Much of the $80 billion will be focused on taking a bite out of the gap, focusing on wealthy tax payers. The investment is projected to pay for itself and then bring in over $100 billion in increased tax revenue over the coming decade.

By contrast, a new analysis from the Congressional Budget Office released Monday afternoon found that the net effect of the House GOP bill's to defund the agency would increase the deficit by more than $114.3 billion over the coming decade if enacted.

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With the new funding, the IRS could hire an estimated 86,852 new employees, according to a May 2021 report by the Department of Treasury, but many of those would not be agents. Many would work in other areas like information technology.

And nearly all new agents would be unarmed. Very few IRS agents carry weapons as part of their responsibilities. Some of the hires may also be used to replace thousands of existing IRS workers expected to retire in the coming years.

Nonetheless, claims of a flood of new agents have persisted, repeated by figures ranging from the GOP chairwoman to Elon Musk.

The chronically understaffed IRS has until recently been a bipartisan concern, but the increased funding became an issue during the 2022 campaign and played into conservative suspicions of the agency that have been growing for years.

Conservatives have long claimed the IRS targeted the tax-exempt status of political groups during the Obama administration, while a 2017 Treasury report on the controversy found that groups on both sides of the political spectrum had faced scrutiny.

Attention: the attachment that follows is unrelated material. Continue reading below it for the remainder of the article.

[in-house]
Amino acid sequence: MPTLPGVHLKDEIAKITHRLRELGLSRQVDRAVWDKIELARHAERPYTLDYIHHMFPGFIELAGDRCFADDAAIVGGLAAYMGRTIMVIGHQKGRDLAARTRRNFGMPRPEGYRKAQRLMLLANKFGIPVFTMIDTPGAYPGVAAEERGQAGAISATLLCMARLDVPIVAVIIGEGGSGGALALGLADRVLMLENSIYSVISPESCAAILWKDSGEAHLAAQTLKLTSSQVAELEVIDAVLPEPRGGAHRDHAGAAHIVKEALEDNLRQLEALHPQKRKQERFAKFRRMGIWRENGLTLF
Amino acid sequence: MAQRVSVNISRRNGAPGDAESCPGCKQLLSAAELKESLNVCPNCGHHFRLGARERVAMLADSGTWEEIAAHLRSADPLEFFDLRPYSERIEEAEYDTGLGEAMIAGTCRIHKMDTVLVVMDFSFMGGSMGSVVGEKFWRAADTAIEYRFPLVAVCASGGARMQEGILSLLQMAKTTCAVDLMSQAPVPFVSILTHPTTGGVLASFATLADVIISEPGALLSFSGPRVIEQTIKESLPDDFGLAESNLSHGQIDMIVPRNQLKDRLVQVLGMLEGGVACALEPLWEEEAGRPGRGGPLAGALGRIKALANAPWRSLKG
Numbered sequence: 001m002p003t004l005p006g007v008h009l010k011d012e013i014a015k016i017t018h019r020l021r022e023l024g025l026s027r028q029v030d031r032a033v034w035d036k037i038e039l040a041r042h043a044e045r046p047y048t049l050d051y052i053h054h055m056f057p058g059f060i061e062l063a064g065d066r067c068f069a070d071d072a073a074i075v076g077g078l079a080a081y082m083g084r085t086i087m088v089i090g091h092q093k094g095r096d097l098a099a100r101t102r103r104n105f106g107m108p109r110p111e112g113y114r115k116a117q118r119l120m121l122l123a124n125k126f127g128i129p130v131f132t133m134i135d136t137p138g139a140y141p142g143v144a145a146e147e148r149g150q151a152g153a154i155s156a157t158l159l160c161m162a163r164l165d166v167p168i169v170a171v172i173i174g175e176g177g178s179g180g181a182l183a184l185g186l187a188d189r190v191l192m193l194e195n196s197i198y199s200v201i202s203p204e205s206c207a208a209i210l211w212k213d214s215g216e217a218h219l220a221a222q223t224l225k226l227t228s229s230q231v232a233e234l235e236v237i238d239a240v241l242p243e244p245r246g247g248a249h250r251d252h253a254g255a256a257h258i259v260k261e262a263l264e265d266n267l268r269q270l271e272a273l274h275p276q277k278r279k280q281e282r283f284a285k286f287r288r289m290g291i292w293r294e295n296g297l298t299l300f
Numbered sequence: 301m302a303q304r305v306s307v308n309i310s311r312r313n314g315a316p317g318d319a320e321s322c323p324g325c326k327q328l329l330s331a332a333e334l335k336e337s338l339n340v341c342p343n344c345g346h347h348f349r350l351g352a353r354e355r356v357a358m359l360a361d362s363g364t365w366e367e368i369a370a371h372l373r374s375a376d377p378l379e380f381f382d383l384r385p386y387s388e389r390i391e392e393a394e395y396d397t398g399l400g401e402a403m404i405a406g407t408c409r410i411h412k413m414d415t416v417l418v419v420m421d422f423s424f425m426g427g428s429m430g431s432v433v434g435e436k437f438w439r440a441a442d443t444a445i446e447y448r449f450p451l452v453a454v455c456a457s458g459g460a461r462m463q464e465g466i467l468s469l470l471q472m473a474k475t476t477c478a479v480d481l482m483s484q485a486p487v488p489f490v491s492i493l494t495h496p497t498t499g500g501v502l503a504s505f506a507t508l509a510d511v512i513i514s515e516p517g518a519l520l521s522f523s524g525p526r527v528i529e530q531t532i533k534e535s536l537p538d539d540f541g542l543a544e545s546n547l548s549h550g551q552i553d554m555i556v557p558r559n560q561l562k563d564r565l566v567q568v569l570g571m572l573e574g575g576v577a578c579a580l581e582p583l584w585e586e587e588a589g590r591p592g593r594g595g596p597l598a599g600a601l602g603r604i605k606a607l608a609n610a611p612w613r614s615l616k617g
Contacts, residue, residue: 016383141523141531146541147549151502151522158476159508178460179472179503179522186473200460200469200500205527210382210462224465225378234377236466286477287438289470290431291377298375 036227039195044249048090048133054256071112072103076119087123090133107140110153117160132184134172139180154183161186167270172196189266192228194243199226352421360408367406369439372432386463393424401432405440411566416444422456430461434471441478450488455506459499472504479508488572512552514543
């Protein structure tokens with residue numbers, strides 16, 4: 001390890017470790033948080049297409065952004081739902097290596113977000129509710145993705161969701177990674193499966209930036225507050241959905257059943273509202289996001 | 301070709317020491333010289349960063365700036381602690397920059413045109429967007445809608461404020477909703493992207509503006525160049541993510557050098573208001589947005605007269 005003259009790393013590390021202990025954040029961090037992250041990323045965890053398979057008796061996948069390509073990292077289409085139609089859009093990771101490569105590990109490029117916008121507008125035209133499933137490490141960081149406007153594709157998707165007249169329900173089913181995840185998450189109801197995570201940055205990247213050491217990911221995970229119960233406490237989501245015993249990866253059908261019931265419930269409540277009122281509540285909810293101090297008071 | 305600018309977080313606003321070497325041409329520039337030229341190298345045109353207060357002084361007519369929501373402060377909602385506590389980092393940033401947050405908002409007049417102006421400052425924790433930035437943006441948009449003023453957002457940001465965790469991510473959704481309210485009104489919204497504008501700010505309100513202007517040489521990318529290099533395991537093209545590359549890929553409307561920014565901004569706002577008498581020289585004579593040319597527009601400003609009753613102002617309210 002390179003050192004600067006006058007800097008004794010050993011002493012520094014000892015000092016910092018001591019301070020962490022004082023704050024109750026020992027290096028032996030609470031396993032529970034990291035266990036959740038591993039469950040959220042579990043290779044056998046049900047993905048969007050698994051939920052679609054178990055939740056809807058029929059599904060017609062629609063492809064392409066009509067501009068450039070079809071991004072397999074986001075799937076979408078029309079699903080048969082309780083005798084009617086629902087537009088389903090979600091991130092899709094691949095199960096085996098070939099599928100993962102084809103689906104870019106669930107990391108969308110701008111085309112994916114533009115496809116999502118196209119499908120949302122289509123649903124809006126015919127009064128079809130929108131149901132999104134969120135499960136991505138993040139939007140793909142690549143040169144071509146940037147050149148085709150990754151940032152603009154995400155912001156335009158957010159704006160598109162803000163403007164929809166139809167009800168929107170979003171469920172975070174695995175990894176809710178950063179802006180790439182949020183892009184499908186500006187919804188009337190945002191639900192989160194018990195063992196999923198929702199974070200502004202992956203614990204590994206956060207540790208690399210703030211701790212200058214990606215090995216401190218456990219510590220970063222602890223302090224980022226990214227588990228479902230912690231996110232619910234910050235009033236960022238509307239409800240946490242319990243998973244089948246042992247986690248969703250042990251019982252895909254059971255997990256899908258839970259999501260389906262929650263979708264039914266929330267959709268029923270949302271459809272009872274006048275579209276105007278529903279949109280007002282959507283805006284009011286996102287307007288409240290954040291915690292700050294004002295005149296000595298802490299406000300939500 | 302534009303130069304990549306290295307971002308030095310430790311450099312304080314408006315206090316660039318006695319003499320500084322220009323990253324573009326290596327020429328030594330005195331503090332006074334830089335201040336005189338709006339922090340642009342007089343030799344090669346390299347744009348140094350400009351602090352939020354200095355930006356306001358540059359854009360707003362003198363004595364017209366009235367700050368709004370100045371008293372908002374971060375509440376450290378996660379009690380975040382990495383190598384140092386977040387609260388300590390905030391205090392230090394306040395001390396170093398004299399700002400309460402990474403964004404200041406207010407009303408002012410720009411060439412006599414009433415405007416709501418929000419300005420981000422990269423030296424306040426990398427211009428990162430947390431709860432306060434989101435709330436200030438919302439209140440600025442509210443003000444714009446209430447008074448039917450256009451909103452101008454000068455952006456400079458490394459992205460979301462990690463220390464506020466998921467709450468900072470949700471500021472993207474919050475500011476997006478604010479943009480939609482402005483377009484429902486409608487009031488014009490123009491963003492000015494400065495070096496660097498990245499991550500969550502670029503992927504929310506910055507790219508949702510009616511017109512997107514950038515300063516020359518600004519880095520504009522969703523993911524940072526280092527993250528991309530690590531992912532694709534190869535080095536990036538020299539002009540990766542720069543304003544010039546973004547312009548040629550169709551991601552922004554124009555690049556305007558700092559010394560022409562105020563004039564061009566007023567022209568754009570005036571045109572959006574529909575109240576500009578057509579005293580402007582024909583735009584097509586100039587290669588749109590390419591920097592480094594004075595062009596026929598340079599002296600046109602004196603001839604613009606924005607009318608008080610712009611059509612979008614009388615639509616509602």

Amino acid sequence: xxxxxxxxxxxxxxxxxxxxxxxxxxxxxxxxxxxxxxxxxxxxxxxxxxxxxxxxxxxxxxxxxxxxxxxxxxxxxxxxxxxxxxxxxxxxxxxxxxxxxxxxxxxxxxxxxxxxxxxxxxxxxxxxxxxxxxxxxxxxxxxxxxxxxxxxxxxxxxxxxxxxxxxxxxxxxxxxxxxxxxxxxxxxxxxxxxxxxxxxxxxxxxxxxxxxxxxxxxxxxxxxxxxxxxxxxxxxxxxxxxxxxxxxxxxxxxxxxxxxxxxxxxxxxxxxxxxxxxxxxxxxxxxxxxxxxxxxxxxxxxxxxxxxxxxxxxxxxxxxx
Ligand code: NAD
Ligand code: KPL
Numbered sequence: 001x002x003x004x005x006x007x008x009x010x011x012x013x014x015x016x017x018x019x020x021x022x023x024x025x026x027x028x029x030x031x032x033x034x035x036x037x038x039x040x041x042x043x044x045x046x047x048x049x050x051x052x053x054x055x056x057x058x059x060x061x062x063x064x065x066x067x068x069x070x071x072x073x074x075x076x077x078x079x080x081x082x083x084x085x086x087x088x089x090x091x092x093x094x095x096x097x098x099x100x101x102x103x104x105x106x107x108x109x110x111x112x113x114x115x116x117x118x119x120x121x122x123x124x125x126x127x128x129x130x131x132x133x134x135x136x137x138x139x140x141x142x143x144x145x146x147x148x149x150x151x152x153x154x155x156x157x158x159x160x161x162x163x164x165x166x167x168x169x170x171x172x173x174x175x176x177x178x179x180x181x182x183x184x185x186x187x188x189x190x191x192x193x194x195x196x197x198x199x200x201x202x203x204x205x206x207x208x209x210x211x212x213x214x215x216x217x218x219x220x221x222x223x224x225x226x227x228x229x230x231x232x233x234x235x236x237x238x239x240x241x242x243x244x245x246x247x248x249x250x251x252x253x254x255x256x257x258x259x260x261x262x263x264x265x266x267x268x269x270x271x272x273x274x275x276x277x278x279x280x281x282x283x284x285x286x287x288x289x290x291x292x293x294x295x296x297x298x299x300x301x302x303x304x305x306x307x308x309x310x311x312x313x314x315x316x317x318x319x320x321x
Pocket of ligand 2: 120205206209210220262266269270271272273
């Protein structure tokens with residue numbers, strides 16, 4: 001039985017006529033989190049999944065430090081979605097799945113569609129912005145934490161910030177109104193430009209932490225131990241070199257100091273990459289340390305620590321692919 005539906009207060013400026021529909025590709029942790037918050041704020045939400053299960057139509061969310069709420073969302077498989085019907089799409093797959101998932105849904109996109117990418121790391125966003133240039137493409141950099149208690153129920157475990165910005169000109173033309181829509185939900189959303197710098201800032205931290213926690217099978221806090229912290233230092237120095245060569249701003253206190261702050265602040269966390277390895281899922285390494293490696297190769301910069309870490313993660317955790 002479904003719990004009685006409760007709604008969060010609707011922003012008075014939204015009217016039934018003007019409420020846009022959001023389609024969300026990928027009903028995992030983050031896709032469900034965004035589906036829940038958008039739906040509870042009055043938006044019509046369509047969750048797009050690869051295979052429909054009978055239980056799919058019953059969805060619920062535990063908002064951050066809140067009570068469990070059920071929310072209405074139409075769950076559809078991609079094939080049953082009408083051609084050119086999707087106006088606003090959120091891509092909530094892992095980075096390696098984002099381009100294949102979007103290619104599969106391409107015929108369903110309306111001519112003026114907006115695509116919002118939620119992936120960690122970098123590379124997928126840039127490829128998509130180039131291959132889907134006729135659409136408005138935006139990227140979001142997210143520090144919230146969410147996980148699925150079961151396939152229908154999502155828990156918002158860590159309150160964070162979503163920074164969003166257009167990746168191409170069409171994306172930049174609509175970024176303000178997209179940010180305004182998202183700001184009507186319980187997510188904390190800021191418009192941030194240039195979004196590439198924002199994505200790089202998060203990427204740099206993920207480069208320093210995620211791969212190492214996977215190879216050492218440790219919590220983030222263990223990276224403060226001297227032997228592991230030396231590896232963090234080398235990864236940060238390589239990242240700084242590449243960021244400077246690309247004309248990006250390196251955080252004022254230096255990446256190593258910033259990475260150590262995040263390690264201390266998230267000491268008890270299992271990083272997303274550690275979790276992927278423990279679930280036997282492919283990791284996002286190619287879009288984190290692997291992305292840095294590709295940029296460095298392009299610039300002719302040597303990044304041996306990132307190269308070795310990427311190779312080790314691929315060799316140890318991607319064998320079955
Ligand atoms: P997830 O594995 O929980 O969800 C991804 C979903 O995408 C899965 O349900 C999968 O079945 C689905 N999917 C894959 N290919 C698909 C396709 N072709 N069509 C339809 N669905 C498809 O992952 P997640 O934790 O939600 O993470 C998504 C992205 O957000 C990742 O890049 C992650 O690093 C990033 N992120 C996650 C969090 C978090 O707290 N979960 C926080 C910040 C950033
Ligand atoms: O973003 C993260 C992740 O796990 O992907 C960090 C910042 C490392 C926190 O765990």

‘The average American cares about defunding 87,000 IRS agents’

This week’s vote comes just as Danny Werfel is set to return this year as IRS Commissioner, leading the agency’s revamp.

The newly elected chairman of the House Ways and Means Committee, Jason Smith (R-MO), said in a statement Monday that Werfel "should plan to spend a lot of time before our committee answering questions about the leaking of sensitive taxpayer information and an agency with a history of targeting conservative Americans."

In a recent Fox News appearance, Rep. Dan Crenshaw (R-TX) additionally argued that “the average American cares about defunding 87,000 IRS agents.”

A sign outside the Internal Revenue Service is seen August 8, 2015 in Washington, DC. AFP PHOTO / KAREN BLEIER        (Photo credit should read KAREN BLEIER/AFP via Getty Images)
An Internal Revenue Service building in Washington, DC. (KAREN BLEIER/AFP via Getty Images)

On the other side, Democrats repeatedly attacked Republicans for holding a vote on the bill and also for making it their first priority, implying they will use it against Republicans in the coming years.

In a statement calling the move a giveaway to rich tax cheats, Vice President Kamala Harris said House Republicans were trying to undo recent progress under Democrats and hoping to allow "millionaires, billionaires, and corporations to cheat the system."

This post has been updated.

Ben Werschkul is a Washington correspondent for Yahoo Finance.